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RESOLUTION TRUST CORP. v. MINASSIAN

November 6, 1991

RESOLUTION TRUST CORP., AS CONSERVATOR FOR RIVERSIDE FEDERAL BANK, FORMERLY KNOWN AS RIVERSIDE SAVINGS BANK, S.L.A., PLAINTIFF
v.
LEON MINASSIAN, DEFENDANT.



The opinion of the court was delivered by: Wolin, District Judge.

OPINION

Before the Court is plaintiff Resolution Trust Corporation's ("RTC's") motion for summary judgment on its foreclosure action and on defendant Leon Minassian's counterclaim. Minassian's cross-motion for partial summary judgment on one count of

  his counterclaim is also before the Court. For the following reasons, the RTC's motion will be granted, and Minassian's motion will be denied.

BACKGROUND

This case arises from two loans made by Riverside Savings Bank ("Riverside") to Minassian in 1987 for two different real estate development projects. The first loan, for $3.5 million, was made to finance the development of a condominium project in Hackensack, New Jersey ("the Hackensack loan"). A second loan, for $1.72 million, was made to finance the renovation and expansion of commercial property in Fairview, New Jersey ("the Fairview loan").

Riverside commenced an action in foreclosure of the Fairview property in the state courts of New Jersey after Minassian had defaulted on the Fairview loan. Minassian asserted a counterclaim against Riverside, which included counts related to the Hackensack loan.

Riverside was subsequently placed in receivership by the RTC, which, pursuant to a Purchase and Assumption Agreement, sold Riverside's assets to Riverside Federal Savings Bank ("Riverside Federal"). The RTC was substituted as a party for Riverside in this action, as a conservator for Riverside Federal. Minassian thereafter removed the action from state court to this Court.

RTC has moved for summary judgment on its foreclosure action, and seeks an order and final judgment of foreclosure. Minassian concedes that he is in default of the Fairview loan, but claims that the Hackensack loan was unenforceable because it was usurious, and that he is entitled to setoff the recoverable amount of the allegedly usurious loan against the Fairview loan. The RTC also contends that it is entitled to summary judgment on Minassian's counterclaim because it is based on theories of recovery cutoff by the D'Oench, Duhme doctrine, and on an untenable theory of usury. By way of cross-motion, Minassian asserts that he is entitled to summary judgment on part of the first count of his counterclaim, which alleges that the Hackensack loan was usurious.

DISCUSSION

Both parties agree that there are no material facts in dispute. Therefore, the motions are ripe for summary judgment. Fed.R.Civ.P. 56 (c). Further, Minassian does not oppose the RTC's motion for summary judgment on part of count one and all of counts two, four and five of his counterclaim. Those counts relate to claims based on fraudulent oral agreements or assurances in connection with the two loans, and are clearly barred by the D'Oench, Duhme doctrine. See Adams v. Madison Realty & Development, Inc., 937 F.2d 845 (3d Cir. 1991).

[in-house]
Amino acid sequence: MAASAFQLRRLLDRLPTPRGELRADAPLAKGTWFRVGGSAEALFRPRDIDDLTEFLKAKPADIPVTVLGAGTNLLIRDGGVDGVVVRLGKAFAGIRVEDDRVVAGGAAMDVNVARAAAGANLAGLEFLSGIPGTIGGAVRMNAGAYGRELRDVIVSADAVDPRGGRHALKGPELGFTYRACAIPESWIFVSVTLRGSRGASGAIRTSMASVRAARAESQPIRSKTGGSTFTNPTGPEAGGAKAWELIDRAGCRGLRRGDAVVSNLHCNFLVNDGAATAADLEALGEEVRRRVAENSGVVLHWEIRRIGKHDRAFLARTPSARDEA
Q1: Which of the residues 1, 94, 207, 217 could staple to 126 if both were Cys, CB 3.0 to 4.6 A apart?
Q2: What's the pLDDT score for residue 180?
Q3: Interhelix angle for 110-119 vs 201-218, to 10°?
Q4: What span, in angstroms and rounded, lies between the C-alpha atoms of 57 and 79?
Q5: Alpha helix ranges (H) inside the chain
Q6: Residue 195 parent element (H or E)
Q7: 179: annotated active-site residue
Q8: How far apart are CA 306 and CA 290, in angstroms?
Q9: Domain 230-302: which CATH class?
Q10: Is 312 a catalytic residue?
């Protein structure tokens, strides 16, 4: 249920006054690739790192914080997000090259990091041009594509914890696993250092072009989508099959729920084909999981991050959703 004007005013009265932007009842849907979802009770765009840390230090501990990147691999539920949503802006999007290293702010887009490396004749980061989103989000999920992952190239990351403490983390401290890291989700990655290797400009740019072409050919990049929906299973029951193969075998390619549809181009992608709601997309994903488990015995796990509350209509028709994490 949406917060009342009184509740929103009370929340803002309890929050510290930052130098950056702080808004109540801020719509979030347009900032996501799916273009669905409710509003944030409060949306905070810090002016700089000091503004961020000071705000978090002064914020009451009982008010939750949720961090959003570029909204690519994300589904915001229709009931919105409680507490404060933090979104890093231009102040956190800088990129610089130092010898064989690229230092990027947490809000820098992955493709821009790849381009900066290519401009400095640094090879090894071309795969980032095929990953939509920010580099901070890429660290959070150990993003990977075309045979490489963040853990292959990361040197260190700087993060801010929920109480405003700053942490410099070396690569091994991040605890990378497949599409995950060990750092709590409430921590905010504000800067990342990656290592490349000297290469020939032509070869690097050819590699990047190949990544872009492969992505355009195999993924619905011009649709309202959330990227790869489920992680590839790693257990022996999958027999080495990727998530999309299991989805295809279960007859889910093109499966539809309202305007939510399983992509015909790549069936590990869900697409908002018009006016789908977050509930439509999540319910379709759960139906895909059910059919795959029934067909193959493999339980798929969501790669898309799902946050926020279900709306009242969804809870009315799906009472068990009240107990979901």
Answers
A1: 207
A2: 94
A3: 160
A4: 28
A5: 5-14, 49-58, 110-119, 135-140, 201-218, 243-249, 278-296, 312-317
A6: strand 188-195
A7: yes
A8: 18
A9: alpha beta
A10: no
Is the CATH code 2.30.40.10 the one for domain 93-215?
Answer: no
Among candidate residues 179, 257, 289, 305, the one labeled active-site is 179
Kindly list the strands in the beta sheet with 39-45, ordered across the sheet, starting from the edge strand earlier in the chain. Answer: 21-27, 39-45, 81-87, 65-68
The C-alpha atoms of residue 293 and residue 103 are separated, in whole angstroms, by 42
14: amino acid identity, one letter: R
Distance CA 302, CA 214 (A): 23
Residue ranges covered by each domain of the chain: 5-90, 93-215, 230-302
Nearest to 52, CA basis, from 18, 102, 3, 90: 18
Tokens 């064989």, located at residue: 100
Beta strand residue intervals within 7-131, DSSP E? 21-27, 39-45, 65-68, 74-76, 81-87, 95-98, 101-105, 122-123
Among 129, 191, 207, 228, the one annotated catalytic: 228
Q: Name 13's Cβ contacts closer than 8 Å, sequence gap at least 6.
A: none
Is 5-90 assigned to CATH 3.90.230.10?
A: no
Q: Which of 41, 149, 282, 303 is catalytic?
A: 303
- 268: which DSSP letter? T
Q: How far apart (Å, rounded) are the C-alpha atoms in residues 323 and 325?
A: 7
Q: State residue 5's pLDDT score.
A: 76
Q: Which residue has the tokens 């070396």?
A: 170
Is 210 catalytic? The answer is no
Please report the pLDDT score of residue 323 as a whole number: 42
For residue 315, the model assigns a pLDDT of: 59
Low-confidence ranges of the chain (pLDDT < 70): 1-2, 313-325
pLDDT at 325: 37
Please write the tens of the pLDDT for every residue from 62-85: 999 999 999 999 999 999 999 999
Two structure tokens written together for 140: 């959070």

A. Did Minassian Waive His Right to Setoff and Counterclaim?

Minassian's opposition to the RTC's motion for summary judgment on the Fairview loan foreclosure action is based solely on a claim of usury with respect to the Hackensack loan. Minassian claims that the Hackensack loan was usurious, and that he is entitled to offset the RTC's liability for usury on the Hackensack loan against his liability under the Fairview loan agreements. Therefore, if no right to setoff exists, the RTC is entitled to summary judgment on the foreclosure action without regard to the merits of Minassian's usury claim concerning the Hackensack loan.

A setoff is a claim "arising out of a completely independent and unrelated transaction," which is asserted to offset liability for another claim. Guarantee Co. of North America v. Tandy & Allen Construction Co., 66 N.J. Super. 285, 289, 168 A.2d 860 (Law Div. 1961), aff'd, 76 N.J. Super. 274, 184 A.2d 426 (App. Div. 1962). Waiver of the right to assert a setoff or counterclaim, therefore, merely prevents a defendant from asserting the unrelated claim as a defense to liability in an action brought against him. It does not extinguish the unrelated liabilities, but merely prevents their assertion as a defense to liability to, the plaintiff for an unrelated

  debt. Thus, if the waiver is effective, Minassian is not barred from asserting the usury claim, but its assertion will not preclude entry ...

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